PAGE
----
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Virtual Paralegalism

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Ex-Attorney Working as Paralegal Charged with Theft

Former Ohio attorney Barry Brickley has been charged in Richland County Common Pleas Court with theft, forgery and receiving stolen property, due to allegedly writing $10,555.00 worth of checks to himself while working as a paralegal for local attorney Randy Fry.

According to Richland County District Attorney Brent Robinson, the status of Brickley’s law license is undetermined – as are Brickley’s current whereabouts.

In 2004, The Ohio Judicial System reported that Brickley’s license to practice law was suspended indefinitely in December 2002, and that four of his former clients were awarded $2,350.00 from the Clients’ Security Fund of Ohio “due to his failure to provide legal services requested.” Another client was reimbursed $4,874.95 for the same reason.

Brickley’s disciplinary action cites personal misfortune and alcoholism as mitigating factors for his misconduct, which included mishandling 15 cases, and resulted in his suspension.

Do you think that suspended and/or disbarred attorneys should be allowed to work as paralegals?

UPDATE: Fugitive former Mansfield attorney arrested in Georgia

5 Responses to Ex-Attorney Working as Paralegal Charged with Theft

  1. Absolutely not. To me, it trivialises the important role that paralegals play in the legal profession not to hold them up to the same rigorous standards of professional ethics as solititors/attorneys etc. I'm sure this would have to be decided on an individual basis given the circumstances, but surely disbarral from one job should automatically discount you from another – particularly if the original offence is serious and proved conclusively.

  2. Disbarred attys should not be allowed to work as paralegals or in any law related profession, period. Disbarred attorneys shouldn't even be allowed to set foot in a law office!

  3. If paralegals are required to up hold the law, act ethically, and other requirements, then lawyers ought do the same. If a lawyer was disbarred it was because he/she violated the Rules of Professional Conduct and/or the law, period. Allowing a disbarred lawyer to practice as a paralegal is a sham and it gives paralegalism a bad name. In essence, the action of allowing a disbarred attorney to be a paralegal sends the wrong message to the community.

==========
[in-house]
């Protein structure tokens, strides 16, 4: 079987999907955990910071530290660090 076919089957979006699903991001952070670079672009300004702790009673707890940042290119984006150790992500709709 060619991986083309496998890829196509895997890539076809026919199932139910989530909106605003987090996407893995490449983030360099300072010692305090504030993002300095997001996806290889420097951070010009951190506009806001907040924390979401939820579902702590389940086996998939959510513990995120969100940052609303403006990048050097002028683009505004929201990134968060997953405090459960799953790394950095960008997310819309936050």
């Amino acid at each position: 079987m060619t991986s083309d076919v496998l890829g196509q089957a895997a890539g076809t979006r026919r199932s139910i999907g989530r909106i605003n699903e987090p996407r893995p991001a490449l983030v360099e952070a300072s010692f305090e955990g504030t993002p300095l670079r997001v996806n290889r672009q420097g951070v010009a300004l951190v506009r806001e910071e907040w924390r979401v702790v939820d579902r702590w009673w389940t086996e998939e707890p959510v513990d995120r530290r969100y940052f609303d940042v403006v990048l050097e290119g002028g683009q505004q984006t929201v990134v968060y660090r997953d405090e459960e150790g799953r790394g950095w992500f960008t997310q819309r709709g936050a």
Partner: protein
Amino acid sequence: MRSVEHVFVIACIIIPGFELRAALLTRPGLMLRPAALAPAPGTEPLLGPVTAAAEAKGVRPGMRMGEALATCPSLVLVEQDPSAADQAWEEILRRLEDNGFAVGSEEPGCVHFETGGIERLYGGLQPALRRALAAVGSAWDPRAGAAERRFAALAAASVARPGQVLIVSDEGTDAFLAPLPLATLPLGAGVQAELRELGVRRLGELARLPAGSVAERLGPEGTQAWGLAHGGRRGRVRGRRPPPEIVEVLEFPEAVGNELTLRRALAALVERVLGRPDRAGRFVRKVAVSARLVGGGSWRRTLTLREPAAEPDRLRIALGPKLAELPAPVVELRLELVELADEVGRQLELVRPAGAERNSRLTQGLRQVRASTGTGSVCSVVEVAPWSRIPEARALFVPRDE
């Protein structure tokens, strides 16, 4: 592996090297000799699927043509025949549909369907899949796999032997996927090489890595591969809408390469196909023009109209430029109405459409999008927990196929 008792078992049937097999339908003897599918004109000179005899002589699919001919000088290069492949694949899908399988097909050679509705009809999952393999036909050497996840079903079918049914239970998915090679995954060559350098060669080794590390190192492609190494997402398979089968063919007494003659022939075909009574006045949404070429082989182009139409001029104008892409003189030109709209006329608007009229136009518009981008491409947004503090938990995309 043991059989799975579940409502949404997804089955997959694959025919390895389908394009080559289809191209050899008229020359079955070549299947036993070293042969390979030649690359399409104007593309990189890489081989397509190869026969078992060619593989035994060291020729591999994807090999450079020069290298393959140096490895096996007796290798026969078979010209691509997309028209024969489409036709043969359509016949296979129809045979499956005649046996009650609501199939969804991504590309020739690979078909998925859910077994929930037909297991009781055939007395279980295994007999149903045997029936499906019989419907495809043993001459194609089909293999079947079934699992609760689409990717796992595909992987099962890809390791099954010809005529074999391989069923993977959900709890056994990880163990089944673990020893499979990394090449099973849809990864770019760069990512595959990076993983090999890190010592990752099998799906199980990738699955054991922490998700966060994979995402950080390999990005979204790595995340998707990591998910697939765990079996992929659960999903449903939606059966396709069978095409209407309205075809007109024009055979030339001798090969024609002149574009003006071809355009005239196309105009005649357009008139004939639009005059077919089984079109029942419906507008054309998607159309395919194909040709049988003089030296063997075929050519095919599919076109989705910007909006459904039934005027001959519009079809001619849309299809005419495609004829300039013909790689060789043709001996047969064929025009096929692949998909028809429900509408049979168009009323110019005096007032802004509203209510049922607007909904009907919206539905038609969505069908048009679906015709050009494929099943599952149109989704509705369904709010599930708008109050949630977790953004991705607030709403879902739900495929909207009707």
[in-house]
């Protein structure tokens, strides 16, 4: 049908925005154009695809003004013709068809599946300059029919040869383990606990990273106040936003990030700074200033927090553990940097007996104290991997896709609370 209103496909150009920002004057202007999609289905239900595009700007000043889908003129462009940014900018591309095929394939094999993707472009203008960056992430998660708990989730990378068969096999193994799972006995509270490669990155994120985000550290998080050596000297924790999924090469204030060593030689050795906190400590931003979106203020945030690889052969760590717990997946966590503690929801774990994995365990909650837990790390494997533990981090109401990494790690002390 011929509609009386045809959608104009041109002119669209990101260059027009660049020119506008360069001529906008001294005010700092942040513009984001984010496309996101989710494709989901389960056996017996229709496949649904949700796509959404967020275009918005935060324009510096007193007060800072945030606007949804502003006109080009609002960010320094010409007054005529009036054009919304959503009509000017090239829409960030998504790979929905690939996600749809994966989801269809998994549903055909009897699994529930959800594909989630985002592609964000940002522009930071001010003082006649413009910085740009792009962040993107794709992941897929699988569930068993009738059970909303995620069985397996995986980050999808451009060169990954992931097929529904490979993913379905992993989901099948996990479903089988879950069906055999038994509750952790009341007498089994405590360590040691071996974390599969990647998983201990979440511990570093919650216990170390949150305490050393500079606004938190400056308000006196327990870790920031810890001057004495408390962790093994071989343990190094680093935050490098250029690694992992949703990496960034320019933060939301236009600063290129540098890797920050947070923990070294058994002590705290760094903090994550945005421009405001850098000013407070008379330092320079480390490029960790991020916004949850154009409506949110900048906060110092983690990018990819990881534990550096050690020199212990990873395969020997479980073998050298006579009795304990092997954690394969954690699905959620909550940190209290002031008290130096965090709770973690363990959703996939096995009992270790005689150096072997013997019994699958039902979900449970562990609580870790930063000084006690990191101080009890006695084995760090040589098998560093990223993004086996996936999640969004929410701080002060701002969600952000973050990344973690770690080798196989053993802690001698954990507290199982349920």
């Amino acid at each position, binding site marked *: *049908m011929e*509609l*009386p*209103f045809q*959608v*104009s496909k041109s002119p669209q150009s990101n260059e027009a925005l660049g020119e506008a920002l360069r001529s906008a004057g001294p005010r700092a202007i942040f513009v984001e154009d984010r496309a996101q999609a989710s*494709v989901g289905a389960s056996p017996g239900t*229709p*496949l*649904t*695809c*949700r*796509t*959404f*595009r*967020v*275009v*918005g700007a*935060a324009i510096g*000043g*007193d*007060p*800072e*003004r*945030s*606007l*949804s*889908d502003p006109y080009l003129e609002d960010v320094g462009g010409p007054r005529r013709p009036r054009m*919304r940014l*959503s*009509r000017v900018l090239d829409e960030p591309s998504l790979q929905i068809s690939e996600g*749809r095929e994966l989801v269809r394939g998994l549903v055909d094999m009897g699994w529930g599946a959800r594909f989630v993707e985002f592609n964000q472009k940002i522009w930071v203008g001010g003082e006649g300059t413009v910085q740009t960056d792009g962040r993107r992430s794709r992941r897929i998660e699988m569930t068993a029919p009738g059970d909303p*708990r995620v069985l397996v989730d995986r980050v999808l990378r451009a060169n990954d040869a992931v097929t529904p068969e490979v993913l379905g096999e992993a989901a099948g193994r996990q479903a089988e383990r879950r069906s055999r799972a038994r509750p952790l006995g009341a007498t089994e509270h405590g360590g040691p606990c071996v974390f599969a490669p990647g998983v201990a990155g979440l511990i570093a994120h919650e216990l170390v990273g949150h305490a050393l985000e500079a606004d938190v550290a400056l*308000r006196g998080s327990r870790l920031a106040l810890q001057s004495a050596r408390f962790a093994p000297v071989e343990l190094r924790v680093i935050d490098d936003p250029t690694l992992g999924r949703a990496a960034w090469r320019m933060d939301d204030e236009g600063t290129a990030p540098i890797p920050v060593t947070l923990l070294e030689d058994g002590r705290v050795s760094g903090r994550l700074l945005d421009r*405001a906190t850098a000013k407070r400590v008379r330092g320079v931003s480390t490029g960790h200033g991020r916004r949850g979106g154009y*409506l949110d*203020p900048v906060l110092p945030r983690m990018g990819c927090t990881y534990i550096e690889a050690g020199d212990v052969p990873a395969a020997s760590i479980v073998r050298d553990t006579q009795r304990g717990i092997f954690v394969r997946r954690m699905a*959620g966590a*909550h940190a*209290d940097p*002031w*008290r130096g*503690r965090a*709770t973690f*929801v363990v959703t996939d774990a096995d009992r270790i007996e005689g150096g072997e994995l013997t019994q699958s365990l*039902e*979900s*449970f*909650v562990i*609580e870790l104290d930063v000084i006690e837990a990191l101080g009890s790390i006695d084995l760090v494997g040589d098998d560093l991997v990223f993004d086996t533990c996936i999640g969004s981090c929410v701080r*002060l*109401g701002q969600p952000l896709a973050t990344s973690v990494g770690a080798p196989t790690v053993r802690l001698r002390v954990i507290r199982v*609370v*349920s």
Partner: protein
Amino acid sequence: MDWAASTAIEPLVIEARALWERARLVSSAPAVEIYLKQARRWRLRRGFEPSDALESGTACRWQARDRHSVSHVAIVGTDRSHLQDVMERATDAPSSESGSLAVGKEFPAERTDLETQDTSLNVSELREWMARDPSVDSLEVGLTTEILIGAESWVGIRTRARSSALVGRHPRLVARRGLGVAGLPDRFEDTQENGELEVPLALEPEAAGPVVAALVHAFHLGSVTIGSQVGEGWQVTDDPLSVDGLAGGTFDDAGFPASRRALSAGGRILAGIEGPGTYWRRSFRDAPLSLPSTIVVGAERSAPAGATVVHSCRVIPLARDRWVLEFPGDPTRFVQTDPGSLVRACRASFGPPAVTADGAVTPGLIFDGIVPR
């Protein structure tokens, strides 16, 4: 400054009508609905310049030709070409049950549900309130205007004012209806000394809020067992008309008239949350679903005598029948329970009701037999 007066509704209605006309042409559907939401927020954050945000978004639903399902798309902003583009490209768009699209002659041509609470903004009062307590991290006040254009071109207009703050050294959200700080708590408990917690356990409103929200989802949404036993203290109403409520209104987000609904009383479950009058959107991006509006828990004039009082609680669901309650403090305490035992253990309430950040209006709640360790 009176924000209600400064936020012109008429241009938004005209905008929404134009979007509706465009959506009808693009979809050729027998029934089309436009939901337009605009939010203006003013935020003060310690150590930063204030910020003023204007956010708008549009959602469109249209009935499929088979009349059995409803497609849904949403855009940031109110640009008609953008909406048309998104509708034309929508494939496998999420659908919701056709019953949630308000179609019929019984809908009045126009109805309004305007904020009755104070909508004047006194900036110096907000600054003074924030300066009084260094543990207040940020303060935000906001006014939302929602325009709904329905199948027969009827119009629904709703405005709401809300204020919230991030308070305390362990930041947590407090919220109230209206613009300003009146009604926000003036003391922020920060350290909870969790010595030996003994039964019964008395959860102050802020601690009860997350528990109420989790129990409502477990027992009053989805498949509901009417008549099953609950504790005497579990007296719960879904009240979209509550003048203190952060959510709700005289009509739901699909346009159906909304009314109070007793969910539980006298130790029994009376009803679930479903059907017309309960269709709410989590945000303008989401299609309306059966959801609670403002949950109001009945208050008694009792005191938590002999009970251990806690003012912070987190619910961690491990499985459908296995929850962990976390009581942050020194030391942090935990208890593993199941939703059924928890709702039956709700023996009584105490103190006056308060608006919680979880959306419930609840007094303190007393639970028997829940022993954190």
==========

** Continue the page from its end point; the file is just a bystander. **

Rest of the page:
I could go on and on about this subject, but I believe most readers understand that allowing disbarred lawyers to practice as paralegals is downright sacreligious.

  4. Disbarred attorney calling themselves paralegals is what caused me to support paralegal certification or licensing.

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Contact Info:

Lynne J. DeVenny, N.C. State Bar Certified Paralegal

Owner & Virtual Paralegal, DeVenny Paralegal Services

Email: lynne.devenny[at]gmail.com

Telephone: 336-582-0003

Inquiries are welcome, with free quotes available.

Meet Lynne:

Lynne DeVenny is a North Carolina State Bar Certified Paralegal with over 27 years of experience working on complex litigation cases, including medical malpractice, personal injury, workers’ compensation, and Social Security disability.

Disclosure: I am not a lawyer and cannot provide legal representation or legal advice.

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